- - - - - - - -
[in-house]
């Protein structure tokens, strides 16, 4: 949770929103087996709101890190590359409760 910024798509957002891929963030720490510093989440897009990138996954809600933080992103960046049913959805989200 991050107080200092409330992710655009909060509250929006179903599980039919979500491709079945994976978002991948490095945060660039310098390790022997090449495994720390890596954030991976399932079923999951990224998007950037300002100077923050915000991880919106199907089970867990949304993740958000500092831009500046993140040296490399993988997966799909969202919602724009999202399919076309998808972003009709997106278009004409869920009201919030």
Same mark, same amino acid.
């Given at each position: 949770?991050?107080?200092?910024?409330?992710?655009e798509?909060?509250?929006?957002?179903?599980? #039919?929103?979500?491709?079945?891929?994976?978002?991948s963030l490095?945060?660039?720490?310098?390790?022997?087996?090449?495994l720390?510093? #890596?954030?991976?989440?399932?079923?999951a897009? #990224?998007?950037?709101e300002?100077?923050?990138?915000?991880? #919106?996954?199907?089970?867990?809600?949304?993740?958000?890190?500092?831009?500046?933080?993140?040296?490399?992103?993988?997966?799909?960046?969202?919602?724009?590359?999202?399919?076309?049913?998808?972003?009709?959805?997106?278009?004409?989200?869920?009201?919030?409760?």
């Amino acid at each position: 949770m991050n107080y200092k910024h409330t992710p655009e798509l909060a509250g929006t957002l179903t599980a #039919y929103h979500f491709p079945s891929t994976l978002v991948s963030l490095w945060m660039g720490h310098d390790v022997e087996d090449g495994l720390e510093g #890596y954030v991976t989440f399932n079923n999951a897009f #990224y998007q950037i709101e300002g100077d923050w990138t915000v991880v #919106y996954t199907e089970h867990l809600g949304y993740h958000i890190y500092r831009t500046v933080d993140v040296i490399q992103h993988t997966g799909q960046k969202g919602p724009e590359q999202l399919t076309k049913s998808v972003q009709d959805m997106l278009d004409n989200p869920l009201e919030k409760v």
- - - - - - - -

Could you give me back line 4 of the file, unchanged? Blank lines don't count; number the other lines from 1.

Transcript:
């Given at each position: 949770?991050?107080?200092?910024?409330?992710?655009e798509?909060?509250?929006?957002?179903?599980? #039919?929103?979500?491709?079945?891929?994976?978002?991948s963030l490095?945060?660039?720490?310098?390790?022997?087996?090449?495994l720390?510093? #890596?954030?991976?989440?399932?079923?999951a897009? #990224?998007?950037?709101e300002?100077?923050?990138?915000?991880? #919106?996954?199907?089970?867990?809600?949304?993740?958000?890190?500092?831009?500046?933080?993140?040296?490399?992103?993988?997966?799909?960046?969202?919602?724009?590359?999202?399919?076309?049913?998808?972003?009709?959805?997106?278009?004409?989200?869920?009201?919030?409760?």